Monday, February 23, 2009
I was wondering about how some marketing departments go about decisioning.
Historians some decades from now will argue about what to call the era we are now tumbling through. We've had "The Gilded Age," "The Gay 90s," "The Roaring Twenties" and so forth. I'm for calling this "The Era of Bad Judgment." Or "The Group-Think Depression." Or "The Hubris Generation."
I just came upon this in The New York Times. Grant me a little spleen and then I will talk a bit about advertising. "Though seven major financial firms lost more than $100 billion since 2007, they have paid their top executives $464 million in performance pay since 1995."
OK, let's switch gears to the marketing geniuses behind the re-branding of Tropicana. I won't go into a peroration about the oft' derided Peter Arnell whose agency created the new campaign for Tropicana and designed its new packaging. Arnell does a dang good job deriding himself. Told Tropicana was going back to its old packaging, Arnell said "“Tropicana is doing exactly what they should be doing...I’m incredibly surprised by the reaction," [but] "I’m glad Tropicana is getting this kind of attention." Read the whole album of asininity here: http://www.nytimes.com/2009/02/23/business/media/23adcol.html?ref=business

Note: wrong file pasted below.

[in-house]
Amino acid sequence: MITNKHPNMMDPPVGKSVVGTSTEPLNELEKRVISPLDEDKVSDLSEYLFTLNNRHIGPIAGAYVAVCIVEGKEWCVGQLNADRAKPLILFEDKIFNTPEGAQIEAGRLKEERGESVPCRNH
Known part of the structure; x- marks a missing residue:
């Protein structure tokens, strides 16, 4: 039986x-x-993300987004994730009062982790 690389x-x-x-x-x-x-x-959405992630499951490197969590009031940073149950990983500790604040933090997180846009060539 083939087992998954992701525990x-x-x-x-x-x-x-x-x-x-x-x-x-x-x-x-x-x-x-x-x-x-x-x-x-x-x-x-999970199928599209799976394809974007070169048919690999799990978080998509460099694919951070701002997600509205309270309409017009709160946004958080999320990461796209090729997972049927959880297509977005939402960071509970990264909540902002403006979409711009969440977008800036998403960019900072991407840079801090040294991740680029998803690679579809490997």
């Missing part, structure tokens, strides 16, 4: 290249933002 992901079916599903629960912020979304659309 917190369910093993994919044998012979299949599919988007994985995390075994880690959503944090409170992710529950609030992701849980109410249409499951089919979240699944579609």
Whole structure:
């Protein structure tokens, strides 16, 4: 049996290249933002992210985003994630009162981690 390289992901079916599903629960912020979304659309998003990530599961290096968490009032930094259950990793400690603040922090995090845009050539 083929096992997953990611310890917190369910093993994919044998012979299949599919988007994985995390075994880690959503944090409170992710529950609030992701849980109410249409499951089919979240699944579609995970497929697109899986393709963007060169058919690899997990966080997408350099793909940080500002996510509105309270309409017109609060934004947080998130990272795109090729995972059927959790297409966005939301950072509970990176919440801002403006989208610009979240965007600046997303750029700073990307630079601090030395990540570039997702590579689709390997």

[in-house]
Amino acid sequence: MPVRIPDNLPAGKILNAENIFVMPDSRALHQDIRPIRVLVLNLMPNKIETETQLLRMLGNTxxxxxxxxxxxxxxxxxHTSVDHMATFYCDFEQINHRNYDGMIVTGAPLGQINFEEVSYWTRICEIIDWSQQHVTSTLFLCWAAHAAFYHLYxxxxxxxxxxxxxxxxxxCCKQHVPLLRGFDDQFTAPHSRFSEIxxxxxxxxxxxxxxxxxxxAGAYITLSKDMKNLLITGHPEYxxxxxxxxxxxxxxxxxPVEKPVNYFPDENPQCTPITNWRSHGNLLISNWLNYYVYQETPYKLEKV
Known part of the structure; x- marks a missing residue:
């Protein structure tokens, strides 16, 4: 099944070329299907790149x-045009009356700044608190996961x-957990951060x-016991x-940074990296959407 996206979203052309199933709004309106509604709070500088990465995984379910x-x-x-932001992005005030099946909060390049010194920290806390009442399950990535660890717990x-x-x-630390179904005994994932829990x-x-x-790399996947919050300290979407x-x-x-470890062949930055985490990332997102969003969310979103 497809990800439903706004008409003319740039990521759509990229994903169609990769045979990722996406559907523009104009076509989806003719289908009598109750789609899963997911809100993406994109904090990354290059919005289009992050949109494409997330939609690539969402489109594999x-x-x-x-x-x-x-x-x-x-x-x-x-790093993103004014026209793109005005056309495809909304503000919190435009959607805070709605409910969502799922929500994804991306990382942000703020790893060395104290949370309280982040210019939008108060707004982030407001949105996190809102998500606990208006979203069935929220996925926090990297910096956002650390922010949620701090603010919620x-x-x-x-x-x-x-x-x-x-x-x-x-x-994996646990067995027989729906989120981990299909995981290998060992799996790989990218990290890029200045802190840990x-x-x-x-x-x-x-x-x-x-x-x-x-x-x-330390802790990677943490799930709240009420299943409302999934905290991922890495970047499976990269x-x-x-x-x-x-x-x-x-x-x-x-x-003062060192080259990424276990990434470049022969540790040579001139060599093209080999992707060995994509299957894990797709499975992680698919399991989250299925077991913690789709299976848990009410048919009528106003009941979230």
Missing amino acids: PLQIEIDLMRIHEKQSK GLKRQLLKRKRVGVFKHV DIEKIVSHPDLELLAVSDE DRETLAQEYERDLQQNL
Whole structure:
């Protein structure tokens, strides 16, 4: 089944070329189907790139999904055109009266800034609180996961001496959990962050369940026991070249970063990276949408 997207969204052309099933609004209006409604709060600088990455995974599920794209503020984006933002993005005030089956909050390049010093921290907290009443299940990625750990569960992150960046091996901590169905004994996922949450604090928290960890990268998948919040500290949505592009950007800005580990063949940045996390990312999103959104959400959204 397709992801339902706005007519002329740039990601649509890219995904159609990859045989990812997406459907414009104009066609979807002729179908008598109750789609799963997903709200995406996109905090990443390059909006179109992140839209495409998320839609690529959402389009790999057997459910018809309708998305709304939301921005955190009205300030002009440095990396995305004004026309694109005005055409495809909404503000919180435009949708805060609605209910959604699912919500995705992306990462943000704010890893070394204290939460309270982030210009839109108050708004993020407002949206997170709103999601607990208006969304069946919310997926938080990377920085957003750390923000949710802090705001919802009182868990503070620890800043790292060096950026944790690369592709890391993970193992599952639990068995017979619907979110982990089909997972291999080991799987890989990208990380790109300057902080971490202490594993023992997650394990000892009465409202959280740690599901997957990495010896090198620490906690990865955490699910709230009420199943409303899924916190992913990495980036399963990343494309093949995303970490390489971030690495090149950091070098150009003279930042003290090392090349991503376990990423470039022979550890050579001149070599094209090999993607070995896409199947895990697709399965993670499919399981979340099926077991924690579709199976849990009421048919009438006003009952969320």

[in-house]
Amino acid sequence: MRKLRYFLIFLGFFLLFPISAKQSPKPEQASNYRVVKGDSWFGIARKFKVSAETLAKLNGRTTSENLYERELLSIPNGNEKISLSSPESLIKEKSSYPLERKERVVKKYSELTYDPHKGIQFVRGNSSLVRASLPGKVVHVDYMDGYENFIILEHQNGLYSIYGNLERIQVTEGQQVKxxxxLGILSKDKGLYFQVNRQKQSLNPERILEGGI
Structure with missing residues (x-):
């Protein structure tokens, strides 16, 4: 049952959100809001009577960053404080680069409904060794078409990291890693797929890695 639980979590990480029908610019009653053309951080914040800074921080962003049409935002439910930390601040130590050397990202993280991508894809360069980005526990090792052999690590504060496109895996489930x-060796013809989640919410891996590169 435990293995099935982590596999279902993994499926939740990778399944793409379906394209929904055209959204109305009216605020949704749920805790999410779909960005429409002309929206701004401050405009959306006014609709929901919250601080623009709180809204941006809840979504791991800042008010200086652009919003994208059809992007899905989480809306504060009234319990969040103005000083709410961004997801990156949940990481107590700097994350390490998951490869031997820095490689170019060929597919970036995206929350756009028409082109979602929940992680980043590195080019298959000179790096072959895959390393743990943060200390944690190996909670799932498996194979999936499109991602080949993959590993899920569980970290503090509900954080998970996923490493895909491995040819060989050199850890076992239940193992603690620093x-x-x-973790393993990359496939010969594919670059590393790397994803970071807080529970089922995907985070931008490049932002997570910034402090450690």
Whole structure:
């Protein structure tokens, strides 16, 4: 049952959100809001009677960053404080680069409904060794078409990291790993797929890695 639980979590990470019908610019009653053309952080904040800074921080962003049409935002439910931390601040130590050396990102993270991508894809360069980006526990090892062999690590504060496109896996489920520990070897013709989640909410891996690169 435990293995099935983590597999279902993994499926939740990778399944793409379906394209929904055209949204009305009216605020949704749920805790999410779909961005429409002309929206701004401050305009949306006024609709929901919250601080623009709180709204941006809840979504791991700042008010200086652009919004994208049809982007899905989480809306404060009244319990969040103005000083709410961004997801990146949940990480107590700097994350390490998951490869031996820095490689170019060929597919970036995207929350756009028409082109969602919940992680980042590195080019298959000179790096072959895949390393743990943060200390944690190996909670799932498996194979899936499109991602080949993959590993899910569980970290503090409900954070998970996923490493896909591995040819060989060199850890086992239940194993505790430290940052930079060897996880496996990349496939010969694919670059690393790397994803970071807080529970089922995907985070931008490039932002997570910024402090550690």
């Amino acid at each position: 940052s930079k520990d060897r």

What amazes and amuses me about the stupidity of Arnell's work is the "decisioning" that must have taken place during the approval process. Let's take a moment and consider the tagline for the brand. "It's a natural." I can hardly for the life of me think of a more obvious or banal tag for a "natural" brand.
A Google search of the phrase in quotations yields 392,000 hits. The line is used by the Biological Weed Control Committee of the Weed Science Society of America (the first hit), by a Glendale, CA provider of natural gas for cars (hit two) and, hit three, Rev. John Carmichael of the Church of Scientology on the efficacy of drug-free child-birth.
That alone, you'd think, would kill a stupid, meaningless, over-used, un-original tagline. But decisioning kept it alive.
Posted by George Tannenbaum at 9:11 AM